Another version of the song, which I hadn’t heard until recently is by Thea Gilmore, taken from her 2009 album Strange Communion.

Christmas Posts 2016 part 2

tom-lehrer-1

I have my Parents to thank for introducing me to Tom Lehrer, at the impressionable age of 7. I’m sure some people think that 7 is too young to understand satire, and they’re probably right, but this helped shape into the man I am today, so thanks Mum and Dad.

There are people better qualified than I to lead a discussion on who is the greatest American satirist…let’s just say Lehrer is one of them.

There’s a number of well-known Lehrer songs, I’ve always loved this.

Christmas Posts 2016 part 1

Housewives on Prozac

So…there’s just one month to go until Christmas, and with my partner as an American having celebrated Thanksgiving (yes, she still celebrates it in Scotland), so it’s time to start the annual Christmas posts on the blog.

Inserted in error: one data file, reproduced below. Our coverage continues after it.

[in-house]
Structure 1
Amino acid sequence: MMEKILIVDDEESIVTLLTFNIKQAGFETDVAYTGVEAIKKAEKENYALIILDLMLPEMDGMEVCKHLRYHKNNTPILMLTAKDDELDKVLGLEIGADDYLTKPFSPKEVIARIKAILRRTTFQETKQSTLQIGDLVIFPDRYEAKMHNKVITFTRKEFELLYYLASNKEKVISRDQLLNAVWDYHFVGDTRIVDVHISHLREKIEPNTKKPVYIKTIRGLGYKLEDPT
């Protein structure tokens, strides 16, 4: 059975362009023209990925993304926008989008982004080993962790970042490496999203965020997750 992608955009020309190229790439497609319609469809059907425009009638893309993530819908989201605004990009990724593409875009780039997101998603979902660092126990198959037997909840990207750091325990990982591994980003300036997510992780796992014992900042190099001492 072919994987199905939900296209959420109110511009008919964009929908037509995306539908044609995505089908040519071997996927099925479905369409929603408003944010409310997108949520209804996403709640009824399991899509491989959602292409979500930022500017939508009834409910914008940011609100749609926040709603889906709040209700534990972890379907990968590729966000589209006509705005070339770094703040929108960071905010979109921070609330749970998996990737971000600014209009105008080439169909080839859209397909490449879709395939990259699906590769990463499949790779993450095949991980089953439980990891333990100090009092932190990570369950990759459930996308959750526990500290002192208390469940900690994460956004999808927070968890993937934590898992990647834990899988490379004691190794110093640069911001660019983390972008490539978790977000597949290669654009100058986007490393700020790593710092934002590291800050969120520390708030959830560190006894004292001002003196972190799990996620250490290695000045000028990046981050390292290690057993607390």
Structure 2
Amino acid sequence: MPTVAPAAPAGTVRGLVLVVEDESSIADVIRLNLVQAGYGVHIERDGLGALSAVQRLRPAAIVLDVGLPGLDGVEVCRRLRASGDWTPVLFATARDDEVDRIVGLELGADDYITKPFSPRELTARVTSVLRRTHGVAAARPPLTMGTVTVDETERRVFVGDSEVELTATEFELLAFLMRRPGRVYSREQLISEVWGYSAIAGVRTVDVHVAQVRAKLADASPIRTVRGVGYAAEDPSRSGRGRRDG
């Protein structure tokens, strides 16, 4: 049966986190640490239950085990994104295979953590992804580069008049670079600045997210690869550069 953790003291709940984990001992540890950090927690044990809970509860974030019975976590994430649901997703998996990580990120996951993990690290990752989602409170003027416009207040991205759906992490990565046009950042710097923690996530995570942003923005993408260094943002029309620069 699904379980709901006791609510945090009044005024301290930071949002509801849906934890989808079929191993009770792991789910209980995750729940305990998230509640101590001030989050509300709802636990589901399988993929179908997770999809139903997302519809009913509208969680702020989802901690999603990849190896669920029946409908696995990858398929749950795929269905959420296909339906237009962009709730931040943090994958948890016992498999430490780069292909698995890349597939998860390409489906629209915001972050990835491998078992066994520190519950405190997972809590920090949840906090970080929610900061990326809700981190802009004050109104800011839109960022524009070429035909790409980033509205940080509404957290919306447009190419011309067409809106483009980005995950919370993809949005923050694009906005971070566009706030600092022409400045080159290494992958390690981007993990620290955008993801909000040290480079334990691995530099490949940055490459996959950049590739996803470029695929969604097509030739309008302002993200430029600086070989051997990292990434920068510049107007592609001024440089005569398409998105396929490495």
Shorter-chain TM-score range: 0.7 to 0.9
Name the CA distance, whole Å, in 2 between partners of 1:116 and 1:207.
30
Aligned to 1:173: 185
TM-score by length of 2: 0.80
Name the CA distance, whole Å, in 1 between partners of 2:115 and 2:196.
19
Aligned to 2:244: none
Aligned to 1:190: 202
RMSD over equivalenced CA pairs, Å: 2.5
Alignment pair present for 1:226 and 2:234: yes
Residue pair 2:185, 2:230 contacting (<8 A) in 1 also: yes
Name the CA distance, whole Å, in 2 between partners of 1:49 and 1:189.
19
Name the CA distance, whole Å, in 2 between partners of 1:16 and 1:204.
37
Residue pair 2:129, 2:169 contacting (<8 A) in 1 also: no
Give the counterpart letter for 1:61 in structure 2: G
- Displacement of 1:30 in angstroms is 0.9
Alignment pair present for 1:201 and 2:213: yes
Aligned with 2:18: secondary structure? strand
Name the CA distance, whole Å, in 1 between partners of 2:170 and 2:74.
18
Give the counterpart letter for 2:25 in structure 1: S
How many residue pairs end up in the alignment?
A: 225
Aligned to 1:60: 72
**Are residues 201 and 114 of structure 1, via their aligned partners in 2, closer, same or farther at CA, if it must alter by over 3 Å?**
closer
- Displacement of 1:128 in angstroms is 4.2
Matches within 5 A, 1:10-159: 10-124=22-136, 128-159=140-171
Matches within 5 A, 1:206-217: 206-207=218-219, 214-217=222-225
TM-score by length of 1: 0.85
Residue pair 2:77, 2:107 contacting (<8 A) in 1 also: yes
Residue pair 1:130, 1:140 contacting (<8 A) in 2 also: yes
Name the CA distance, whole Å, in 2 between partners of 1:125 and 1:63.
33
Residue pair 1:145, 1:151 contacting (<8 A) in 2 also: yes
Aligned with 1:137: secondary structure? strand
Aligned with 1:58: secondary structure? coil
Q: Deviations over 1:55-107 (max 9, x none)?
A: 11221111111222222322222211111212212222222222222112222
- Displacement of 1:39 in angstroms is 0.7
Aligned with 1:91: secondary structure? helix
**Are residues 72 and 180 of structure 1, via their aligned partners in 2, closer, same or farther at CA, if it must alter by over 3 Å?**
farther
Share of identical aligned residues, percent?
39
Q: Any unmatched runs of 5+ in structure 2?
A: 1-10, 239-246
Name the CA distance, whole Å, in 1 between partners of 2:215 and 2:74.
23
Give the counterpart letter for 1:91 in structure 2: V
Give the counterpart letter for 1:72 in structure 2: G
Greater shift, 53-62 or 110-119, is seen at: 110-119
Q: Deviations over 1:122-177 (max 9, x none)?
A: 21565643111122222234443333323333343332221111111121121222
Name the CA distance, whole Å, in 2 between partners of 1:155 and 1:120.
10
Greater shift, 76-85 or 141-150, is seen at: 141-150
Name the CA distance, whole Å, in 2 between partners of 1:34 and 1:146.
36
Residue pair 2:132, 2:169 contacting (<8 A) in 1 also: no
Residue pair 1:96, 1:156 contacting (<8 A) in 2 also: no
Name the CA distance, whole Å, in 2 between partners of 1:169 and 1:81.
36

As is my (self-imposed) tradition, I will start with Housewives on Prozac and the evergreen ‘ I Broke My Arm Christmas Shopping At The Mall.’

Led by the legendary Martha Joy Rose -‘Woman, Mother, Human, Rocker, Educator, and Activist’, you can find out more about her and the band here.

Not to be confused with the band Housewives, obviously, you can buy the album I Broke My Arm Christmas Shopping At The Mall on iTunes, which is also worth it for the funny, if too true ‘Eat Your Damn Spaghetti.’

Album Review – BODY/HEAD